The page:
Is one of your New Year's resolutions to finally file those divorce papers and begin to move forward with your life? While pursuing a much-needed divorce can be an enormous relief to many people in Colorado, doing so without a firm grip on finances might ultimately be a plan for disaster. From asset valuation to a complex property division, those leaving a marriage with a significant amount of assets should make sure that they fully understand the financial aspects of their divorce.
Adding one more resolution to your list may be a good idea, and that resolution would be to get up-to-date and as involved in decisions involving your finances as possible. A recently released statistic indicated that roughly 90 percent of all women in America will have to be responsible for their own financial matters at one point or another in their lifetime. While handling your own finances may not seem like too big of a deal to people either sex, handling money post-divorce may be a challenge if you've never had any input on the process before.
When considering a divorce, it may be a good idea to nail down exactly how much income is coming in, how much is going out for bills and how much debt you and your spouse share. Next up, consider what assets the two of you have. Additionally, are there any liabilities that could affect the property division?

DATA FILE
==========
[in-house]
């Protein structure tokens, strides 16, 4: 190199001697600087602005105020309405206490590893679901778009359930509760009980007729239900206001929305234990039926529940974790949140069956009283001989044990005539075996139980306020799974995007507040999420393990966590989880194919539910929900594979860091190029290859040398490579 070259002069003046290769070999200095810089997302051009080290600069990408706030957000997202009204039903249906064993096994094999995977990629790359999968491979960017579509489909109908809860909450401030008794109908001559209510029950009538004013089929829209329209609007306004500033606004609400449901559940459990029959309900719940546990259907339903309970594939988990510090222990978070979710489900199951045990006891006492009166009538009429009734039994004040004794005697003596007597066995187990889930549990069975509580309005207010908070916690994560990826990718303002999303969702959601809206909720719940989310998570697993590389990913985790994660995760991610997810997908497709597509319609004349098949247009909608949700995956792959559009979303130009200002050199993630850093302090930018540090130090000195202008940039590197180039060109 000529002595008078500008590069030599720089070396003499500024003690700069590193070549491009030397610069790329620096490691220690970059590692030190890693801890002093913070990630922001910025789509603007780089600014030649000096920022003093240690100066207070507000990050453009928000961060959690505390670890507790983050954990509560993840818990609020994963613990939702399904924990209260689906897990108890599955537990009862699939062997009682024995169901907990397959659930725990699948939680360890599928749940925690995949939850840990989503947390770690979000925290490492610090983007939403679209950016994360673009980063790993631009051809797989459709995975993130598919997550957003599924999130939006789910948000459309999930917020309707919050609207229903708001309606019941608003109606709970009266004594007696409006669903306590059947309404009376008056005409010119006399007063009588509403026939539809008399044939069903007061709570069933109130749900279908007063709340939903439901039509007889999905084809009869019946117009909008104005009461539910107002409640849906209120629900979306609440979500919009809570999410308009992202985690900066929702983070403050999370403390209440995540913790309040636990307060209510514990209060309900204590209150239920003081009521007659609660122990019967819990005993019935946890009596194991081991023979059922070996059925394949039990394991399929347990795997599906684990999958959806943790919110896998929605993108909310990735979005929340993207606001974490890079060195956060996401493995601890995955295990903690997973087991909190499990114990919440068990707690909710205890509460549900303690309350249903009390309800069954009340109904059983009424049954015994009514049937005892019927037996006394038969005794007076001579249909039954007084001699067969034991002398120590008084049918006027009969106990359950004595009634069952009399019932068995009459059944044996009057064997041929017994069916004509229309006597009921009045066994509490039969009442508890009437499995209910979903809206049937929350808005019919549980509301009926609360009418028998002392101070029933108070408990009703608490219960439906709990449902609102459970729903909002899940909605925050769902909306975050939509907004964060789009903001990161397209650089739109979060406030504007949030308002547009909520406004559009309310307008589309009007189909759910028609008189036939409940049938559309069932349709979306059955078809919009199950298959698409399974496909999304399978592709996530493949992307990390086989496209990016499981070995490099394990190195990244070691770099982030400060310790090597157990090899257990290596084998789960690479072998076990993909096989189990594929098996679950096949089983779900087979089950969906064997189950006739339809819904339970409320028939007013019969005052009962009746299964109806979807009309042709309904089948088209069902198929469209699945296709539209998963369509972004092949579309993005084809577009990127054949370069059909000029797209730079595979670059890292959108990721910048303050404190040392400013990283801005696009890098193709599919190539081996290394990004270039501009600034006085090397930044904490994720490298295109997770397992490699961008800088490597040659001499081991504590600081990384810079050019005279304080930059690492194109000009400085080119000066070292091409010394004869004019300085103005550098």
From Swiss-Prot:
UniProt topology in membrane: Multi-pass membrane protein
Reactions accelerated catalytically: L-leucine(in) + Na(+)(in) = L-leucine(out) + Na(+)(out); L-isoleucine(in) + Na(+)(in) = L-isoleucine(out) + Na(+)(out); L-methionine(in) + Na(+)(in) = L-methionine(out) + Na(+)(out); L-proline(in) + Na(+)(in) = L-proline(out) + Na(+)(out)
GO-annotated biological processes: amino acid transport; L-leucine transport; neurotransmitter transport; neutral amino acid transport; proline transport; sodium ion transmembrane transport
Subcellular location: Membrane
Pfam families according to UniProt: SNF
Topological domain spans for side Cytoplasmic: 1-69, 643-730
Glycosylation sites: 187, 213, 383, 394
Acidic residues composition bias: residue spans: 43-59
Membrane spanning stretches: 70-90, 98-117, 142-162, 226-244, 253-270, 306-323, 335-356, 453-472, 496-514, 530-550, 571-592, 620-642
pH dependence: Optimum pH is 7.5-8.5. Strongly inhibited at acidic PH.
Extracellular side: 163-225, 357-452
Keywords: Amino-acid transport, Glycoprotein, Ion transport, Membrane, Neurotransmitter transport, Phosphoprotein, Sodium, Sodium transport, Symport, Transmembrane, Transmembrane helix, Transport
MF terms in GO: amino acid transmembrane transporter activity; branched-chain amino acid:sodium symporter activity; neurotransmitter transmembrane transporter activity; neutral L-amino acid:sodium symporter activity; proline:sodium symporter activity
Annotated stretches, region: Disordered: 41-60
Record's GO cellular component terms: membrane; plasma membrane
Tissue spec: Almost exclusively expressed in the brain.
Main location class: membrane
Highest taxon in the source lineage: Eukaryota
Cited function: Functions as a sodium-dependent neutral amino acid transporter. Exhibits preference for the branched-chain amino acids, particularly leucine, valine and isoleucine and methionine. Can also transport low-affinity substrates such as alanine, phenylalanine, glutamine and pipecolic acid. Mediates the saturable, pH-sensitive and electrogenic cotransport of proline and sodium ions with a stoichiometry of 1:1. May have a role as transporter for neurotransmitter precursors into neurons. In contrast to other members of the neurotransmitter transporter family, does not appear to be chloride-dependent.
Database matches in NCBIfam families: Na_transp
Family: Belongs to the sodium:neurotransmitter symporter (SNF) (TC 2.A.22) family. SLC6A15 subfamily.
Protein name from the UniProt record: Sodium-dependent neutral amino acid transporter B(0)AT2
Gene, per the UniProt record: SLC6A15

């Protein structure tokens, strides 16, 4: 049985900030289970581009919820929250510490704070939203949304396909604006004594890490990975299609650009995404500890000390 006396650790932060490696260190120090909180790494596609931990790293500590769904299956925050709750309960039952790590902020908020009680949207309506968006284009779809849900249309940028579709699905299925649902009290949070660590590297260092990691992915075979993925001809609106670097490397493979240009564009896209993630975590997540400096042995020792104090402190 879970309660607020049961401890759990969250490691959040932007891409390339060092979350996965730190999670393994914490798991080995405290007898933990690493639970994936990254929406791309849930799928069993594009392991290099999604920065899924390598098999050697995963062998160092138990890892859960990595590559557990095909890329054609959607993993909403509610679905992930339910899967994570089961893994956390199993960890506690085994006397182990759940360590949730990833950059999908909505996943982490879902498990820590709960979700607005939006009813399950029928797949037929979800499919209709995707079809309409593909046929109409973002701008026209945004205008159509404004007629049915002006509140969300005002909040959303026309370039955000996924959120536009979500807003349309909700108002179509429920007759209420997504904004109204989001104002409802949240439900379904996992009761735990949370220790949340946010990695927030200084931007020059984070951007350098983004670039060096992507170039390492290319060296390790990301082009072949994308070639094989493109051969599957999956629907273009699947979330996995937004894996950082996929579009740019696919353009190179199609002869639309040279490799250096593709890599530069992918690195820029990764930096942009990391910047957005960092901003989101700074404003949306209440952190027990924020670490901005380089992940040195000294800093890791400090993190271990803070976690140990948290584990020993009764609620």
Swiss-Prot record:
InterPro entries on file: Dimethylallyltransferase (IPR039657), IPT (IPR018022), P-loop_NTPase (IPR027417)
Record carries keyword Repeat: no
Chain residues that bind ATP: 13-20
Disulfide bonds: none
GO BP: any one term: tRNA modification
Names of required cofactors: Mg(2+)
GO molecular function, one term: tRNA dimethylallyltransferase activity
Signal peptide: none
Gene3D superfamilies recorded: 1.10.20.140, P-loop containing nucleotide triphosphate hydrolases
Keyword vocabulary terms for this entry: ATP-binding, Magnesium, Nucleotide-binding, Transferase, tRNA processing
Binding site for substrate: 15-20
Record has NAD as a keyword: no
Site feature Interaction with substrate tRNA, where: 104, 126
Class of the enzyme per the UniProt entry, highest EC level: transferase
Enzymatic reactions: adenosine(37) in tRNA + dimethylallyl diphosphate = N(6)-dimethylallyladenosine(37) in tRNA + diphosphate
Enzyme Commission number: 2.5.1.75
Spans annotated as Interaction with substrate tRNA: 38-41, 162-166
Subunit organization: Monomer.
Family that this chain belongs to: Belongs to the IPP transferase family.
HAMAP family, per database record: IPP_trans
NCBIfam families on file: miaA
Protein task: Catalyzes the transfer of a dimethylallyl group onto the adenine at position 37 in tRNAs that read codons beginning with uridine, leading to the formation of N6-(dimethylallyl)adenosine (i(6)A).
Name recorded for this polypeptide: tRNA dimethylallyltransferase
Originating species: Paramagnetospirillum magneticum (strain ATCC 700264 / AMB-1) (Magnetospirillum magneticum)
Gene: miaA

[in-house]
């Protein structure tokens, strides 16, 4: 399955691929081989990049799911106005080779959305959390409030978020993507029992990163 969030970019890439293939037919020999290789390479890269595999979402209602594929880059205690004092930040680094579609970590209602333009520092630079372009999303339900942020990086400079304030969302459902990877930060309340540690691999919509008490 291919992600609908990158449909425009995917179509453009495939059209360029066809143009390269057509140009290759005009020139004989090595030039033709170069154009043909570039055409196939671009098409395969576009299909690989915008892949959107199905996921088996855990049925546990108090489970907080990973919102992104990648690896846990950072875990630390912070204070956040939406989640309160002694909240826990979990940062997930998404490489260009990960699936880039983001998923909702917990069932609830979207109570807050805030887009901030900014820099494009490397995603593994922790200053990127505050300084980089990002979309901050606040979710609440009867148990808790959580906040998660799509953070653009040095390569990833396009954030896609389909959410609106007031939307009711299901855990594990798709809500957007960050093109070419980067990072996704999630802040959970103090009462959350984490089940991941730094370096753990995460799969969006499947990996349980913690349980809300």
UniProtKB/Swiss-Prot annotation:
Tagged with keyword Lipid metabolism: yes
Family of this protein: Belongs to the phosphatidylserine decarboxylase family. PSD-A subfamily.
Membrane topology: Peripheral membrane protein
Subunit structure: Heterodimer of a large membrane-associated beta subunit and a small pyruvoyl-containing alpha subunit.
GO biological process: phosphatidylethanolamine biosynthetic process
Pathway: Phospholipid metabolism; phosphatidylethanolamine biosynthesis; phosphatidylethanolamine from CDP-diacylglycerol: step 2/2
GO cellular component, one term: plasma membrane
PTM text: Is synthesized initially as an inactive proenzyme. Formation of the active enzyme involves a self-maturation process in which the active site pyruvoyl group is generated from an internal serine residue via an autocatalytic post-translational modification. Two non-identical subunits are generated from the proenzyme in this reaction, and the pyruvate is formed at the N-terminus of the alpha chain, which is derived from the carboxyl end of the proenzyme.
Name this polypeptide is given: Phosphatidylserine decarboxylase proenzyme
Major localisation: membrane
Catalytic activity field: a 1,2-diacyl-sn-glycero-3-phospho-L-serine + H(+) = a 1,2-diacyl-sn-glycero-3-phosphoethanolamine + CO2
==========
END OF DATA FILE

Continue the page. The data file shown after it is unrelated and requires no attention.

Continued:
Finances are rarely straightforward in a high-asset divorce, and in general, asset valuation is a given for Colorado couples. However, even with an upcoming valuation, already having a firm understanding of what to expect can help make initial decision-making easier. When it comes to issues such as complex property division and there is a lot on the line, there may be no such thing as being too prepared.
Source: Forbes, "The Most Important New Year's Resolution A Divorcing Woman Can Make", Jeff Landers, Dec. 17, 2014